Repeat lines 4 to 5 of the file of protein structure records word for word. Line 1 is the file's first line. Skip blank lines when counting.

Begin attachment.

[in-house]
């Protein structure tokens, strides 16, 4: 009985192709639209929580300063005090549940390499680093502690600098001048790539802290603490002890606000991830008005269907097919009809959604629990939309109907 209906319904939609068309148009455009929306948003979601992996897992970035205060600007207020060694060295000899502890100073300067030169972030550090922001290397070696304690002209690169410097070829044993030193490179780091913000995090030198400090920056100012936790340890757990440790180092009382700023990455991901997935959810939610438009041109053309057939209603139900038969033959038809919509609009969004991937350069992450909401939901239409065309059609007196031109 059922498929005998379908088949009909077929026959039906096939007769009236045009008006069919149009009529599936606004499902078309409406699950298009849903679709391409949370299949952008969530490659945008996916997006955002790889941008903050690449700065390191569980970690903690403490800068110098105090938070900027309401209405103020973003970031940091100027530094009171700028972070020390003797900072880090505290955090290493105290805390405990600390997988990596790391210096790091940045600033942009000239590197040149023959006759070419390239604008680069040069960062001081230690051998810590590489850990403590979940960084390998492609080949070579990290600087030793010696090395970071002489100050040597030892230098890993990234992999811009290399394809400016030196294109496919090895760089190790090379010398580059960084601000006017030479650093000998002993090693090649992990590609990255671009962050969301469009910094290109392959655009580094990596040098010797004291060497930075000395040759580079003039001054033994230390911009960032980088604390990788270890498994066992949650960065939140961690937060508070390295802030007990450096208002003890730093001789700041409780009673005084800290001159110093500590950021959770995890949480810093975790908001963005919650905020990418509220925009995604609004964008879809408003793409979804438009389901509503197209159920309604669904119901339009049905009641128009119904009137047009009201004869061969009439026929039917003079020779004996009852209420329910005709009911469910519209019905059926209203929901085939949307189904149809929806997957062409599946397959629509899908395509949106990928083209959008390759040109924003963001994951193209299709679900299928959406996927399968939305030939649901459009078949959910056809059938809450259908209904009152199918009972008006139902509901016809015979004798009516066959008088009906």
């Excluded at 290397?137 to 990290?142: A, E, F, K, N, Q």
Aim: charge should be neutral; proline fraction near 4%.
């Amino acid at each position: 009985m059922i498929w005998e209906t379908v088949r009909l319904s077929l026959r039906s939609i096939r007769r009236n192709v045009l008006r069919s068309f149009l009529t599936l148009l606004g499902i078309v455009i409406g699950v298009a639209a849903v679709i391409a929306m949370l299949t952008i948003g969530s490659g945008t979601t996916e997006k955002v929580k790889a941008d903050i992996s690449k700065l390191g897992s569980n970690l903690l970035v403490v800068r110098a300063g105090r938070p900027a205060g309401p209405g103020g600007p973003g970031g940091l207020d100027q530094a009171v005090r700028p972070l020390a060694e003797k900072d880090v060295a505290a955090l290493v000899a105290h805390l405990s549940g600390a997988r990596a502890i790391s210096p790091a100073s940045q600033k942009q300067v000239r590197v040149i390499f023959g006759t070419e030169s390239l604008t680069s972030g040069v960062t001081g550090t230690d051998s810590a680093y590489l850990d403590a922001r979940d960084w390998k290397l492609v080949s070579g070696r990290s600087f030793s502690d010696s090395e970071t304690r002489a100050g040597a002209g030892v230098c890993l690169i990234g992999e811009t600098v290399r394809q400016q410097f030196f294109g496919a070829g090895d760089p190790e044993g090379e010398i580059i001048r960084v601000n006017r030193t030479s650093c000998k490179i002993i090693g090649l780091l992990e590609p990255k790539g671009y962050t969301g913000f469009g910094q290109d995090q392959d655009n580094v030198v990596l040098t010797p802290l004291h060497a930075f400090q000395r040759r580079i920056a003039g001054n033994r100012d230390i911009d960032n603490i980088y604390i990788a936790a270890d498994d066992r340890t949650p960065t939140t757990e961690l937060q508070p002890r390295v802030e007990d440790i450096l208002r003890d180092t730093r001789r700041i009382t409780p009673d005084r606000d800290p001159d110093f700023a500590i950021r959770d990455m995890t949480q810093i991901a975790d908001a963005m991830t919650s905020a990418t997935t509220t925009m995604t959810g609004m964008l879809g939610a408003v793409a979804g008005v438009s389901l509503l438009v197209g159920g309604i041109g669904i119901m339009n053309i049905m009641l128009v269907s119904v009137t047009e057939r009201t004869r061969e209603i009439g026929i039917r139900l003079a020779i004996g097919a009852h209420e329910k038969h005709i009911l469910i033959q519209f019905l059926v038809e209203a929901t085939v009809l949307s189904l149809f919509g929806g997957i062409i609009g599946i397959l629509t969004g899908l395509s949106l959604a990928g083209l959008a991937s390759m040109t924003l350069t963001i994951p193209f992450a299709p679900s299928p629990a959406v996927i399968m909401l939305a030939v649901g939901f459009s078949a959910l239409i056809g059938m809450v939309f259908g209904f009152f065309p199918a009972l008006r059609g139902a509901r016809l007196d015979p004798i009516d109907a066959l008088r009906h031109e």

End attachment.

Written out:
Aim: charge should be neutral; proline fraction near 4%.
């Amino acid at each position: 009985m059922i498929w005998e209906t379908v088949r009909l319904s077929l026959r039906s939609i096939r007769r009236n192709v045009l008006r069919s068309f149009l009529t599936l148009l606004g499902i078309v455009i409406g699950v298009a639209a849903v679709i391409a929306m949370l299949t952008i948003g969530s490659g945008t979601t996916e997006k955002v929580k790889a941008d903050i992996s690449k700065l390191g897992s569980n970690l903690l970035v403490v800068r110098a300063g105090r938070p900027a205060g309401p209405g103020g600007p973003g970031g940091l207020d100027q530094a009171v005090r700028p972070l020390a060694e003797k900072d880090v060295a505290a955090l290493v000899a105290h805390l405990s549940g600390a997988r990596a502890i790391s210096p790091a100073s940045q600033k942009q300067v000239r590197v040149i390499f023959g006759t070419e030169s390239l604008t680069s972030g040069v960062t001081g550090t230690d051998s810590a680093y590489l850990d403590a922001r979940d960084w390998k290397l492609v080949s070579g070696r990290s600087f030793s502690d010696s090395e970071t304690r002489a100050g040597a002209g030892v230098c890993l690169i990234g992999e811009t600098v290399r394809q400016q410097f030196f294109g496919a070829g090895d760089p190790e044993g090379e010398i580059i001048r960084v601000n006017r030193t030479s650093c000998k490179i002993i090693g090649l780091l992990e590609p990255k790539g671009y962050t969301g913000f469009g910094q290109d995090q392959d655009n580094v030198v990596l040098t010797p802290l004291h060497a930075f400090q000395r040759r580079i920056a003039g001054n033994r100012d230390i911009d960032n603490i980088y604390i990788a936790a270890d498994d066992r340890t949650p960065t939140t757990e961690l937060q508070p002890r390295v802030e007990d440790i450096l208002r003890d180092t730093r001789r700041i009382t409780p009673d005084r606000d800290p001159d110093f700023a500590i950021r959770d990455m995890t949480q810093i991901a975790d908001a963005m991830t919650s905020a990418t997935t509220t925009m995604t959810g609004m964008l879809g939610a408003v793409a979804g008005v438009s389901l509503l438009v197209g159920g309604i041109g669904i119901m339009n053309i049905m009641l128009v269907s119904v009137t047009e057939r009201t004869r061969e209603i009439g026929i039917r139900l003079a020779i004996g097919a009852h209420e329910k038969h005709i009911l469910i033959q519209f019905l059926v038809e209203a929901t085939v009809l949307s189904l149809f919509g929806g997957i062409i609009g599946i397959l629509t969004g899908l395509s949106l959604a990928g083209l959008a991937s390759m040109t924003l350069t963001i994951p193209f992450a299709p679900s299928p629990a959406v996927i399968m909401l939305a030939v649901g939901f459009s078949a959910l239409i056809g059938m809450v939309f259908g209904f009152f065309p199918a009972l008006r059609g139902a509901r016809l007196d015979p004798i009516d109907a066959l008088r009906h031109e």